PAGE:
PKK terror now targets Iraqi Kurds
The last decade can be considered the PKK terrorist group's golden age. Feeding off the Gülenist Terror Group’s (FETÖ) infiltration of the Turkish state and abusing the vacuum of power caused by the crisis in Syria, the PKK had the confidence to incite civil war in Turkey's southeastern provinces. In 2016, the PKK brainwashed children from poor neighborhoods, taking them into their ranks in a bid to occupy city centers.
The PKK resorted back to violence once the reconciliation process came to a close. The peaceful process had the support not only of the predominantly Kurdish southeastern provinces but the country as a whole. In managing the proceedings, President Recep Tayyip Erdoğan took a serious political risk. But unfortunately, the PKK went back to its old ways, launching terrorist attacks from trenches the group had built in cities.
The PKK's trench terrorist attacks coincided with a period of national and regional turmoil. FETÖ attempted a coup, the Syrian balances of power were precarious and the Turkey-U.S. alliance had been damaged. All the while, Iran, Russia and even the Daesh terrorist group were attempting to influence war-torn Syrian territories.
In the face of these growing threats, Turkey launched an all-out offensive on terrorism, namely targeting Daesh, the PKK and FETÖ. The move would mark a paradigm shift in Turkey's military and foreign affairs.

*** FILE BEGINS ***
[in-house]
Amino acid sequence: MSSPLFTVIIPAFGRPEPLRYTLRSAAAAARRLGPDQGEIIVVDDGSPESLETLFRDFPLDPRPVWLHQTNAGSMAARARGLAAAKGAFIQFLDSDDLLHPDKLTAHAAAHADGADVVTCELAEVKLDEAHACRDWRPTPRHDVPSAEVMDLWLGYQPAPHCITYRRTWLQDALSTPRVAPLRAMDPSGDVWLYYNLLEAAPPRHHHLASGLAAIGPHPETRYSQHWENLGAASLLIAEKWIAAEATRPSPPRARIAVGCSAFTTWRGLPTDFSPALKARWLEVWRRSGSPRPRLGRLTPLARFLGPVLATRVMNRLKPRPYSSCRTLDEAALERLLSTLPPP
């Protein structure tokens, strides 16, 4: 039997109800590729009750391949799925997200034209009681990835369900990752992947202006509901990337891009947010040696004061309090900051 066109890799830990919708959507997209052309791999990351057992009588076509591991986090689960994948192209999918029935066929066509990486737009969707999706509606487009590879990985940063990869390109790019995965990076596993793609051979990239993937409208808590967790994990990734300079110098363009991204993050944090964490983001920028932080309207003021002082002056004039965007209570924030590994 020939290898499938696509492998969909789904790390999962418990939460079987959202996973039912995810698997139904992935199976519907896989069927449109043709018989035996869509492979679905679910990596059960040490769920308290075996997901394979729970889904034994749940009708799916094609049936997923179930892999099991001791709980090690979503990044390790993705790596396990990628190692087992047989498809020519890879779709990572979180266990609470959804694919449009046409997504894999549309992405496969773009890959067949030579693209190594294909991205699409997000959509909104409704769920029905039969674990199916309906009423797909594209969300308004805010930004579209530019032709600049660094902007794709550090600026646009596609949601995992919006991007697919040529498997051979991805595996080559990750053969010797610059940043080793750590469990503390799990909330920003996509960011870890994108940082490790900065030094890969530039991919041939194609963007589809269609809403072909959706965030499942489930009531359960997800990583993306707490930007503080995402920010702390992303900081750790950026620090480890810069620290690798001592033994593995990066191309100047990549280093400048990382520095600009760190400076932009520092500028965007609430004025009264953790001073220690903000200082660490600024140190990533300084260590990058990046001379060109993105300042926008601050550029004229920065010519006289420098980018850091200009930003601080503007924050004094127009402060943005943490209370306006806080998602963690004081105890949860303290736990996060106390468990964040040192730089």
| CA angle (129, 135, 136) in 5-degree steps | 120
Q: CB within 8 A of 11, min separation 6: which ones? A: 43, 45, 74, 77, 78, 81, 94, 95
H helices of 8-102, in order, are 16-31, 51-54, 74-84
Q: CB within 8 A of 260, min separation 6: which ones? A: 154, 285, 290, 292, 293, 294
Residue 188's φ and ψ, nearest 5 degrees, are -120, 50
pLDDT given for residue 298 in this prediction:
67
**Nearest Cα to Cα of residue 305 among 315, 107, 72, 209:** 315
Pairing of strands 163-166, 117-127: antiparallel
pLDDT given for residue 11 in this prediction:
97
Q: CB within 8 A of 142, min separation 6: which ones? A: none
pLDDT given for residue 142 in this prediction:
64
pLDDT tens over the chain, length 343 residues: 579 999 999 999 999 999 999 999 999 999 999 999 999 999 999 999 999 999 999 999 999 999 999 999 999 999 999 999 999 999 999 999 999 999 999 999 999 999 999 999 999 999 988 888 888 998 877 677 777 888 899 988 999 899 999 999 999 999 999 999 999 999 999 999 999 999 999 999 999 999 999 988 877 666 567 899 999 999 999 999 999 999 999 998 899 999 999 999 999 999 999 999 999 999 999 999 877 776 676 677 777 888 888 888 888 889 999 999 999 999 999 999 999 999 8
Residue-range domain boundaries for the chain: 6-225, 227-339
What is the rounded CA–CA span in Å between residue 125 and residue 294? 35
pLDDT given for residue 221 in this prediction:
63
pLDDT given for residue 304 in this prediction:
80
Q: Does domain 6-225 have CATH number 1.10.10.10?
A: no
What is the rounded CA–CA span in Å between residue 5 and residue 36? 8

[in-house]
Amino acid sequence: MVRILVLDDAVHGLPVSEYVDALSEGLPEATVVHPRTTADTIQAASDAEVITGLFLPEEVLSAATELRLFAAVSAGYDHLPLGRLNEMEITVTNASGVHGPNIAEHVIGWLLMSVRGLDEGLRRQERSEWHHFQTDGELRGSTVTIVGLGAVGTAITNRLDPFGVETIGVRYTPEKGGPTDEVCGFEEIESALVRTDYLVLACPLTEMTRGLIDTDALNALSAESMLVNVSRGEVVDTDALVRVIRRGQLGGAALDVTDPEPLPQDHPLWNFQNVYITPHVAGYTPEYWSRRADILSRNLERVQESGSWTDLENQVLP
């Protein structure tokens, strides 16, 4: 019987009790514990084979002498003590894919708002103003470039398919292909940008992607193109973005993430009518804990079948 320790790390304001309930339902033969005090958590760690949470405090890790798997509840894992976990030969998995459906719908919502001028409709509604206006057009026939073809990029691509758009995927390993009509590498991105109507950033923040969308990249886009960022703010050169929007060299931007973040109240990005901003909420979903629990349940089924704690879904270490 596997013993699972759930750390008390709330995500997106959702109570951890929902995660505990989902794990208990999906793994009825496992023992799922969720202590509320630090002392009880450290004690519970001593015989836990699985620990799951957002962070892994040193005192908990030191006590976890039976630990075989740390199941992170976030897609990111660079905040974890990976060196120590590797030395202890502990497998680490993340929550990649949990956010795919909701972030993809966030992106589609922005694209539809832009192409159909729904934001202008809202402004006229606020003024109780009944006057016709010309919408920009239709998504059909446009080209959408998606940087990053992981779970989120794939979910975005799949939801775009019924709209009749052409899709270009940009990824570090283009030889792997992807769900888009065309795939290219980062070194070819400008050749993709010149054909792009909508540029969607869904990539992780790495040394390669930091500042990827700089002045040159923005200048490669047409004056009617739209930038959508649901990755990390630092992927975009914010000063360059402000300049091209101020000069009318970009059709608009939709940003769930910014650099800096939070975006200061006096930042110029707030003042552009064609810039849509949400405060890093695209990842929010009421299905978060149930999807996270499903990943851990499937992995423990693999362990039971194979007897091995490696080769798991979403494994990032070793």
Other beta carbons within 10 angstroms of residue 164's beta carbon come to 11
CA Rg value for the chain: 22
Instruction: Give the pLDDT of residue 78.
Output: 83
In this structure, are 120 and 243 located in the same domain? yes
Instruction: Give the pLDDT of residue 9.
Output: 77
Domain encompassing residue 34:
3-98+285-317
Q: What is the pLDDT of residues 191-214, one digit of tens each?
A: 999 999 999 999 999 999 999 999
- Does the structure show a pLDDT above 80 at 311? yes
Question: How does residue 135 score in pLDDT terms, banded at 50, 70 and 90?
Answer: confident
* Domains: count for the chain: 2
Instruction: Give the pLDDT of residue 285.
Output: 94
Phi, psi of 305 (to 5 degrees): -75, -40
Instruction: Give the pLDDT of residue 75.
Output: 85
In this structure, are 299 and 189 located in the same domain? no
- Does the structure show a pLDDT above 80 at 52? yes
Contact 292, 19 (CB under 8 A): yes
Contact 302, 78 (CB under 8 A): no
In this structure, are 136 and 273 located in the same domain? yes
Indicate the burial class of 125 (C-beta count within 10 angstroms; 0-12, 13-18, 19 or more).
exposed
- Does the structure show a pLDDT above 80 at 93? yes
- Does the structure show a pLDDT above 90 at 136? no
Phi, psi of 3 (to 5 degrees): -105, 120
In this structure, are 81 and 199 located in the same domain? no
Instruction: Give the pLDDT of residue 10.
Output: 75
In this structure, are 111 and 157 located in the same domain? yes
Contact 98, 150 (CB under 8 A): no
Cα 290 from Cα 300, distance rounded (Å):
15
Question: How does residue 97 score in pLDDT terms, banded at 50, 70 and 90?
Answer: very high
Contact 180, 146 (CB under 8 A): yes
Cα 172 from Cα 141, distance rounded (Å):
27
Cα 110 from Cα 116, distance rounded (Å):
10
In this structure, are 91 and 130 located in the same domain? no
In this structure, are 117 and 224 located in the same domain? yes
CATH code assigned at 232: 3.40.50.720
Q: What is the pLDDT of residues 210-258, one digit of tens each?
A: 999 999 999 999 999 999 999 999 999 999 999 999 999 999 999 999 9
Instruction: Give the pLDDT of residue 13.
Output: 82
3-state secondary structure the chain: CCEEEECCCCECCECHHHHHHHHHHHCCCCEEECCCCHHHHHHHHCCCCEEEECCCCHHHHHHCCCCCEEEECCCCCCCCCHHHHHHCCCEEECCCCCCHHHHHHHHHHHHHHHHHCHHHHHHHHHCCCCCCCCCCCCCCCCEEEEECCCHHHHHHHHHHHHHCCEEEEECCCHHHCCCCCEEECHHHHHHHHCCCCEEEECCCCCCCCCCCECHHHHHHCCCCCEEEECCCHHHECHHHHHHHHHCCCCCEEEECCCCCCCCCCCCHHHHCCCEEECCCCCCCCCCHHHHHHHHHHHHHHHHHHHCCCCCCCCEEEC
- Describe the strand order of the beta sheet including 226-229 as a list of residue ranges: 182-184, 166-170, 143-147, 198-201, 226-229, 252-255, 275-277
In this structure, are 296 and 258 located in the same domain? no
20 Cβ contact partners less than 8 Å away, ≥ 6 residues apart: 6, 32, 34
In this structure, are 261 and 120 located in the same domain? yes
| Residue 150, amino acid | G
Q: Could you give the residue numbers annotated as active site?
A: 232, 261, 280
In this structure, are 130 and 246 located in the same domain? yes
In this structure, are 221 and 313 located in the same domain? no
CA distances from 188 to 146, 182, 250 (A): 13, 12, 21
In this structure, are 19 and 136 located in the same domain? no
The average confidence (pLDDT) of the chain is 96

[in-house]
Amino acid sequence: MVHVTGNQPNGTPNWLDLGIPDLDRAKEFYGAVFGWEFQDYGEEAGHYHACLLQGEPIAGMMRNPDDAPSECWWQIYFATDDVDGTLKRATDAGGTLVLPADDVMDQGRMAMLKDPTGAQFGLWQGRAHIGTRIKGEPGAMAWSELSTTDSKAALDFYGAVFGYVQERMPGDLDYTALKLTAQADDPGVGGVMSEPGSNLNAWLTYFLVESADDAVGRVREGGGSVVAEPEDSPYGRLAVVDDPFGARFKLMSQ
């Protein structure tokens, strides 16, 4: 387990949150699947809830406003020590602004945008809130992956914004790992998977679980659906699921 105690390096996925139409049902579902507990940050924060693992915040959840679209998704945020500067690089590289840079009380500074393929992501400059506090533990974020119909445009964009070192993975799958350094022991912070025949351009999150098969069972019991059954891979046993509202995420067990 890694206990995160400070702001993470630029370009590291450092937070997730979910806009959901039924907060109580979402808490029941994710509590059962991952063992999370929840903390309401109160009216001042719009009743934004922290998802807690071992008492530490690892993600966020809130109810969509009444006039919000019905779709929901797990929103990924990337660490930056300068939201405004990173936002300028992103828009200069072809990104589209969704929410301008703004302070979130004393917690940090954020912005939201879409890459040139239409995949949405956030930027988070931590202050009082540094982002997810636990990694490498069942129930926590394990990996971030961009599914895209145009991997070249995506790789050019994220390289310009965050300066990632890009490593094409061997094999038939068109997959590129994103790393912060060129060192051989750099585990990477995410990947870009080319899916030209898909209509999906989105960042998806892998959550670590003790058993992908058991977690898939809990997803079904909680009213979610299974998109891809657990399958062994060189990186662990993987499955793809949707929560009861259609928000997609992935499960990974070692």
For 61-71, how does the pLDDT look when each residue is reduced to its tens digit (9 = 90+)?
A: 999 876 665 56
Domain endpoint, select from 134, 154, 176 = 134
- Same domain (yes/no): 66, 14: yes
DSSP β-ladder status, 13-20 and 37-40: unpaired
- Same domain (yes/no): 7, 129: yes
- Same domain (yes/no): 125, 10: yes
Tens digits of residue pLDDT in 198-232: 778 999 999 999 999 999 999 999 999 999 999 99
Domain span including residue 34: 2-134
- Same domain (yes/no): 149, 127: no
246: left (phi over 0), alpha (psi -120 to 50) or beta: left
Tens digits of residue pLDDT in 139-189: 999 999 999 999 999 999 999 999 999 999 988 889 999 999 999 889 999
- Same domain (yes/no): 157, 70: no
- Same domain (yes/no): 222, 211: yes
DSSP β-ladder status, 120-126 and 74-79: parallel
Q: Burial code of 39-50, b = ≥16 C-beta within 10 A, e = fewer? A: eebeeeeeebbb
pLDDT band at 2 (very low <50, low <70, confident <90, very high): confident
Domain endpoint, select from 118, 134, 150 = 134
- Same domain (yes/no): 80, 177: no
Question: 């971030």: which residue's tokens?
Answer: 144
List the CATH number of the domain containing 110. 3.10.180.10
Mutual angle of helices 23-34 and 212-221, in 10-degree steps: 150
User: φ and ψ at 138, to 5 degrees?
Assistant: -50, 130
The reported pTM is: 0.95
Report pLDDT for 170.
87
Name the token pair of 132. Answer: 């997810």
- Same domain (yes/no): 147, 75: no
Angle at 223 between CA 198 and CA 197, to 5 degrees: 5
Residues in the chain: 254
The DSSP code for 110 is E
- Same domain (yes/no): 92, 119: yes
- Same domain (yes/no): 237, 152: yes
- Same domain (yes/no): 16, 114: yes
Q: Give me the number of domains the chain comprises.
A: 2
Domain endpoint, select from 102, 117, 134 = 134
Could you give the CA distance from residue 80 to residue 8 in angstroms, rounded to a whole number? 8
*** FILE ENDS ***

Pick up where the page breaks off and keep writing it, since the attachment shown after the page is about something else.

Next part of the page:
Turkey succeeded in vanquishing each of the terrorist organizations, countering the YPG/PKK 30 kilometers (18.64 miles) from its borders. As the first state to directly wage war against Daesh, Turkey shattered the group's invincible image. The PKK, retreating into Iraq, now threatens the political stability of the Kurdistan Regional Government (KRG) in the country's north.
Following the U.S. invasion, Iraq was stormed by both Iran and the PKK. The U.S and Iran's main objective was to perpetuate the image that the country was in political turmoil.
As the Iraqi central government struggled to protect the country's territorial integrity, Turkey proved itself to be the only regional actor to support the country's political stability.
Turkey’s military operations drove the PKK from its borders, leading the terrorist group to turn its attention to the KRG government. Since the Sinjar agreement heavily restricts Iran's cross-border operations and influence in the region, it tries to apply pressure on Turkey, Iraq and the KRG using the PKK.
Turkey emerged stronger from the recent Nagorno-Karabakh conflict, while Iran failed to take concrete steps and was excluded from the diplomatic processes. Since the killing of Iranian Gen. Qassem Soleimani, a key figure in the country's cross-border operations, Iran's strategic capabilities have become limited.
Transformed into a militia force at the hands of the U.S. and Iran, the PKK now not only terrorizes Turkey's Kurdish population but also Iraq's. Despite the KRG's former President Masoud Barzani declaring the Kurdish-on-Kurdish war "haram" (forbidden by Islamic law), the PKK has already transformed into a murderous ring, threatening the Kurdish people in U.S. and Iranian interests.